10 September 2007
You can crush us, You can bruise us, But you'll have to answer to...Oh the guns of Brixton!
Was back in Old Blighty for a few days as I had an interview for my National Insurance Number, which is the UK version of the tax file number, but works more like a cross between superannuation and the dole. Every month the Guv take a bit of your pay and sock it away as national insurance. Then, if you're ever out of work, you can draw on the NI to see you through till you find another job. Seems like a pretty sustainable system, but the irony of it is that when you apply to come to the UK you have to declare that you're not gonna go on welfare...but you can't go on welfare unless you have a National Insurance number which you can't get unless you've got a job.
Have to start thinking about somewhere else to live as the chick whose room I'm in is back at the end of September. I looked at a couple of places on the weekend, one in Bermondsey which is an awesome trendy area just aching to be taken down a peg or two by a suave hipster like me. The room was pretty good, nice and spacious, but unfortunately it just didn't rate compared to the second option which is...wait for it...a houseboat! That's right friends, a houseboat on the Thames. How awesome is that? Frickin' awesome, is the answer to that question. Actually, the Thames itself isn't that awesome...it's like the Charnwood of rivers. But the boat is cool, huge open living areas, central heating, a fireplace, plenty of room for roller skating on the flat deck up top. There's a south african chick there at the moment looking to get two new flatmates and I reckon I'm in with a chance. She's pretty easy going and laid back and we got along really well. It's part of a small community of houseboats, and there's a communal dock nearby with areas for bbq and basketball and even a pool so wikkid parties are the cote de jour (that's french for "the shiznitz", I think).
I've put my name down on the waiting list for the studio audience at Top Gear. Currently there's 300,000 people ahead of me so if they start filming an episode every day they should get to me by the time I retire.
I'm back in Dublin now...Ah, Dublin...where the skies are gray, the beer is black and the streets are washed with the vomit of martyrs.
I'm not a big fan of other people, as well you know. But I'm forced to spend a lot of time surrounded by other people (thank you very much, Albert Camus) so I tend to do a lot of observing and judging of complete strangers in order to discover ways in which I might find them even more annoying and therefore deserving of my scorn. I don't understand how people can travel thousands of kms to another country simply to do whatever they would have done if they'd stayed home. Why would you come to a city like Dublin, culturally rich and steeped in history and charm, only to pursue and indulge in bland shallow corporate American culture? On any given weekend the streets are thronging with tourists who spend their whole time looking for a Starbucks or Burger King and are decked head to toe in either Hard Rock or Thunder Road Cafe merchandise. The same tourists who seemingly spend the working week choreographing their slack-jawed meandering dawdles en masse so as to continually get in my feckin' way. Oh, and who decided it was suddenly fashionable to spit in the street? Your body manufactured that saliva for a reason, you dirty feckers, so perhaps you might do the rest of us a favour and keep it to yourself. And the next sweaty American gobshite who asks me what part of England I'm from is gonna get a swift kick up the arse.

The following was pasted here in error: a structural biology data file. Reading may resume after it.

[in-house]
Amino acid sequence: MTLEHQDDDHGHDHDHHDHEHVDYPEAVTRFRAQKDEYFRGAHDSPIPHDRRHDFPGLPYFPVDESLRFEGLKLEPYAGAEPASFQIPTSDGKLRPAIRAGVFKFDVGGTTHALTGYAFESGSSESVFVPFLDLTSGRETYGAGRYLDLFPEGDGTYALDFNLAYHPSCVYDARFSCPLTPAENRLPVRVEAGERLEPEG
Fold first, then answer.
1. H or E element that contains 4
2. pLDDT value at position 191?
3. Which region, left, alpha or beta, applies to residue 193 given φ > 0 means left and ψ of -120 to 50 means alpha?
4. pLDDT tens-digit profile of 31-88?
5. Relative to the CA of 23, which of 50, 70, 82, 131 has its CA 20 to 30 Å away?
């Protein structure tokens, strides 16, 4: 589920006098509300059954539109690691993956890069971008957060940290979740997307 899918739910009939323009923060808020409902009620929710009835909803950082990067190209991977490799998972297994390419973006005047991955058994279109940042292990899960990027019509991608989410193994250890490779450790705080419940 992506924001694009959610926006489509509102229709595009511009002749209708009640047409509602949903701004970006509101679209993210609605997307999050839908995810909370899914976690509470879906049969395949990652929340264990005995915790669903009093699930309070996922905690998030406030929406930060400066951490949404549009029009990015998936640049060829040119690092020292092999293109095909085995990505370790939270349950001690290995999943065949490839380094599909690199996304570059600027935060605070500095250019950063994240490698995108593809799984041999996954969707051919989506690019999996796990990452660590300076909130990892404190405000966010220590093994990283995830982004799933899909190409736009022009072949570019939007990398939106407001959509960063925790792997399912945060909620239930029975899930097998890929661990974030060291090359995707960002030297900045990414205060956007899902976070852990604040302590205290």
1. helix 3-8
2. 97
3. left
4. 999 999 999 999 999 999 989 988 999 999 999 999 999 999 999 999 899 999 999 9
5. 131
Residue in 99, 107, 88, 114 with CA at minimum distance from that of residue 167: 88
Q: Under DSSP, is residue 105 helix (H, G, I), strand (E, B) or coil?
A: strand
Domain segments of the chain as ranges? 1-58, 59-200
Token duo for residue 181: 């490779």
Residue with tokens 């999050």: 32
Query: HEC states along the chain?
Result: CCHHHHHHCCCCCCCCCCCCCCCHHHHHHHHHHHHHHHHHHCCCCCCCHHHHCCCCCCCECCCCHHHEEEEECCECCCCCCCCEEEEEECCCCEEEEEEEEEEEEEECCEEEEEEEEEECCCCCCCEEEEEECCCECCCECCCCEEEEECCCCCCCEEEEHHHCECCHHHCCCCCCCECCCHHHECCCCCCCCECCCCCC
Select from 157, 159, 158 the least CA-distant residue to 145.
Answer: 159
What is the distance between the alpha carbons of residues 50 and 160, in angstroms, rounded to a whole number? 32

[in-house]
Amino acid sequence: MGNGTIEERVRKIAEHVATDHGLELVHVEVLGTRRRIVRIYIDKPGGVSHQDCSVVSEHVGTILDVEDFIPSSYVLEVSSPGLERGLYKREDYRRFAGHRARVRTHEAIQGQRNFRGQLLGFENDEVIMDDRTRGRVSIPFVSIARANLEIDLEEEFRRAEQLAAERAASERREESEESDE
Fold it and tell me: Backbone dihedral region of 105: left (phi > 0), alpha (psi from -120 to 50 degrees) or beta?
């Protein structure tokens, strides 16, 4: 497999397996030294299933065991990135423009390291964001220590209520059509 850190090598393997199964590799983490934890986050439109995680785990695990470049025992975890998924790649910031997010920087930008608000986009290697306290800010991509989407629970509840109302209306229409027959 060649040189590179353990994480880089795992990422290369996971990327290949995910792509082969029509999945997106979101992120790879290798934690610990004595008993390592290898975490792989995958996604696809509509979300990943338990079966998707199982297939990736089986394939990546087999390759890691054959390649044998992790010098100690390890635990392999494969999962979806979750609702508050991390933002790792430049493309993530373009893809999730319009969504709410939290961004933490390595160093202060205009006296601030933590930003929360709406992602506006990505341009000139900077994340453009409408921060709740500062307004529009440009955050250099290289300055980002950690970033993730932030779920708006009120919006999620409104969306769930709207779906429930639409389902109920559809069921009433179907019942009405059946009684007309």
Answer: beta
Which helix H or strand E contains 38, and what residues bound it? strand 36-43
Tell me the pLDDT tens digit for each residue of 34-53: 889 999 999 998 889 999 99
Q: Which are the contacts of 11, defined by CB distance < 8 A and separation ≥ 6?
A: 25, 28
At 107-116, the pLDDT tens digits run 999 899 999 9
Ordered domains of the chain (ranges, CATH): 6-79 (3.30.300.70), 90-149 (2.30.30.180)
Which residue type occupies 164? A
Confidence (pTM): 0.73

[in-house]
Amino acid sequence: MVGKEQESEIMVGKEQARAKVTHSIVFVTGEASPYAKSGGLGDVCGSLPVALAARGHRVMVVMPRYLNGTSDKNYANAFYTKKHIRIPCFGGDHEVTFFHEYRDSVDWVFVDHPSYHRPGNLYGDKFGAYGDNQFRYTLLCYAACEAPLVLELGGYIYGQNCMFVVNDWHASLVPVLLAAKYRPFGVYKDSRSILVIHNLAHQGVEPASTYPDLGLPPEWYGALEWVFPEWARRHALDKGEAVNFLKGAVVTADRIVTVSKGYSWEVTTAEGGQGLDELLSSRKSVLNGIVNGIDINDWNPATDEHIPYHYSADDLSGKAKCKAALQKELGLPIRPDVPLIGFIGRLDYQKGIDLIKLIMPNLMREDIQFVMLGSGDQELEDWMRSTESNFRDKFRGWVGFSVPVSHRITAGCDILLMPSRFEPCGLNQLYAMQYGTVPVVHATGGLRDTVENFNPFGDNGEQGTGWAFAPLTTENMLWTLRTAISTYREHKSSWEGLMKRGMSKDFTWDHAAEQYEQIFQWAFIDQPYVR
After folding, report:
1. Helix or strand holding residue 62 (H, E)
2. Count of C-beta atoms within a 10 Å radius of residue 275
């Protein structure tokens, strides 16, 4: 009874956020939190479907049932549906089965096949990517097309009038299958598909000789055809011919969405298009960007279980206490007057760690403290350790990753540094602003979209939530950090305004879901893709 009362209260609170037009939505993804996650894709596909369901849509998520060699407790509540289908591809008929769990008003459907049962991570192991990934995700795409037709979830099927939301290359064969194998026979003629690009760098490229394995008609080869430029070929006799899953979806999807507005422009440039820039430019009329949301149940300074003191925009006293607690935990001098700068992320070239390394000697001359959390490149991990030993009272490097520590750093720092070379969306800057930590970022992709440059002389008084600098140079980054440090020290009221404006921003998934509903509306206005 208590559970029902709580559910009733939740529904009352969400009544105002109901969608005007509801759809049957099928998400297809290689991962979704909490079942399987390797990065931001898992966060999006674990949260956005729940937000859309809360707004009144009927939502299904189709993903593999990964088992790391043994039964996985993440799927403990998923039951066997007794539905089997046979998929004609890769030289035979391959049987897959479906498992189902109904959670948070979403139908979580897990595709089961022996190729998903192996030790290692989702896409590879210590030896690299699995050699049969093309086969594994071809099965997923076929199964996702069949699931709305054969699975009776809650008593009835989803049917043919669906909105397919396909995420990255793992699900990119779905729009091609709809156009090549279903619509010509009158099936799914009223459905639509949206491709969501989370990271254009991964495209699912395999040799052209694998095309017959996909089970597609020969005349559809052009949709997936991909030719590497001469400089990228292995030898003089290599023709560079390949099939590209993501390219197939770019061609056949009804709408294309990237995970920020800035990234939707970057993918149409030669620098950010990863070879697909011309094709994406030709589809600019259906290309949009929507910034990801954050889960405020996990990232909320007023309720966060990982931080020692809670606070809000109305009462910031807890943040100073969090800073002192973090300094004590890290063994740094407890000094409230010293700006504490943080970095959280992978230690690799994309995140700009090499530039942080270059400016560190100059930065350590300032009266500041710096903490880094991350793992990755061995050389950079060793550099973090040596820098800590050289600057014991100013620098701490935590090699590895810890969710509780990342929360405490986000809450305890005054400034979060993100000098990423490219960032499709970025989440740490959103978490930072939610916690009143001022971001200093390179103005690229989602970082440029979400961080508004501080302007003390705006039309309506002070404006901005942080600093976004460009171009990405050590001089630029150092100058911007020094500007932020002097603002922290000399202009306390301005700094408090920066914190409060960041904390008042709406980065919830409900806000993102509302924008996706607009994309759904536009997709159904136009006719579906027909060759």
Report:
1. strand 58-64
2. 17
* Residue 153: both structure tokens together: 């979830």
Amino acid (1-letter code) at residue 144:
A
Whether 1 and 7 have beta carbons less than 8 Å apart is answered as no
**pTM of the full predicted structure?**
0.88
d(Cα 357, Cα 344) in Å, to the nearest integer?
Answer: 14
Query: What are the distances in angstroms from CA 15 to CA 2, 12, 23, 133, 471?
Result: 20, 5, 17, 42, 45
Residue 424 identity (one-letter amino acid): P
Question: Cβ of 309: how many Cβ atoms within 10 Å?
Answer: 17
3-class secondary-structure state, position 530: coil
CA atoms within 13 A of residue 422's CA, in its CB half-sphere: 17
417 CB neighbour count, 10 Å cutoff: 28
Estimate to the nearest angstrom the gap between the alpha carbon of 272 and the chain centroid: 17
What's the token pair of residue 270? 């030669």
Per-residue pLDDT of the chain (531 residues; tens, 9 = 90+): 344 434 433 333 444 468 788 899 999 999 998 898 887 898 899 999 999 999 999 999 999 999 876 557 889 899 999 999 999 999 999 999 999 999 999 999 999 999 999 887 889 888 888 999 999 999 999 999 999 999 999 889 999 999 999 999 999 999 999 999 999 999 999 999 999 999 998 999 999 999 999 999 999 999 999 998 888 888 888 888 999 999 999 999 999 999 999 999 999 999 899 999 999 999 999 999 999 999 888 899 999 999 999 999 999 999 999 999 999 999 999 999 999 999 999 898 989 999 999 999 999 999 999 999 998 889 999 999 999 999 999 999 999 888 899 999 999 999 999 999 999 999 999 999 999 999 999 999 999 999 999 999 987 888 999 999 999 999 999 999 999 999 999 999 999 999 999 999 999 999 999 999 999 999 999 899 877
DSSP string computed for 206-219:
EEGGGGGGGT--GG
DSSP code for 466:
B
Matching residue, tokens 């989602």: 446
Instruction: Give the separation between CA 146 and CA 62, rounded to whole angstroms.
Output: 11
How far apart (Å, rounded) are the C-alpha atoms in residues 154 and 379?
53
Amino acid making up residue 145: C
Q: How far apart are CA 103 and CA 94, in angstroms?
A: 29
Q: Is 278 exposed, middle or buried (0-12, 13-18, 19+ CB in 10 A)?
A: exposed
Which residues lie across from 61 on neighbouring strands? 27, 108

You might have noticed that I have taken to the word 'feck' with some gusto. I've added it to my list of words which sound rude but really aren't, like 'frock' and 'banal' and 'shunt'. It's awesome because it sounds like you're swearing but you're totally not because in Ireland it's the equivalent of 'darn' or 'bloody'. It's brilliant in its subtlety and subtle in its brilliance. Plus, they say it on Father Ted all the time which is hilarious.
I found this awesome poem inscribed on a monument at the National Museum called "Requiem for the Croppies". It's about the farmers who rose up to form the Rebellion that kicked the Brit's arses during the revolution. It's a real testament to the bravery and sacrifice of the Irish, and quite moving. It was written by Seamus Heaney one of the four Irish poet laureates which I think is Gaelic for "insane piss head". Anyway it's brilliant so I'm reproducing it in my next post without asking anyone's permission cos that's how hard I am.
Geez, how much do they love Thin Lizzie over here? There's more Thin Lizzy tribute bands over here than there are U2 tribute bands, and just about every shop you go into has a plaque proclaiming that someone from the band urinated in the corner in 1987. There's even a statue of Phil Lynott in the main street with a big old bronze 'tache...like a guano-laden tribute to "P0rno Joe" Ceddia. Love ya, Joey!
Bit of a surreal moment the other day: there was an ad on tele for Harvey Norman. They've got, like, 9 stores over here and they've got an Aussie guy doing the shouty "Crazy prices! Bring your truck, bring your trailer!" voice-over, which just cheapens the whole thing, really. If you thought tele in England was bad, man, tele in Ireland is shite! 13 channels all the same and none of them know what they're doing.
Ok, so, well go on wit' yerselves. Keep the letters comin' and I'll be thinking of you all...well, most of you...actually very few of you. Whatever. Feck off!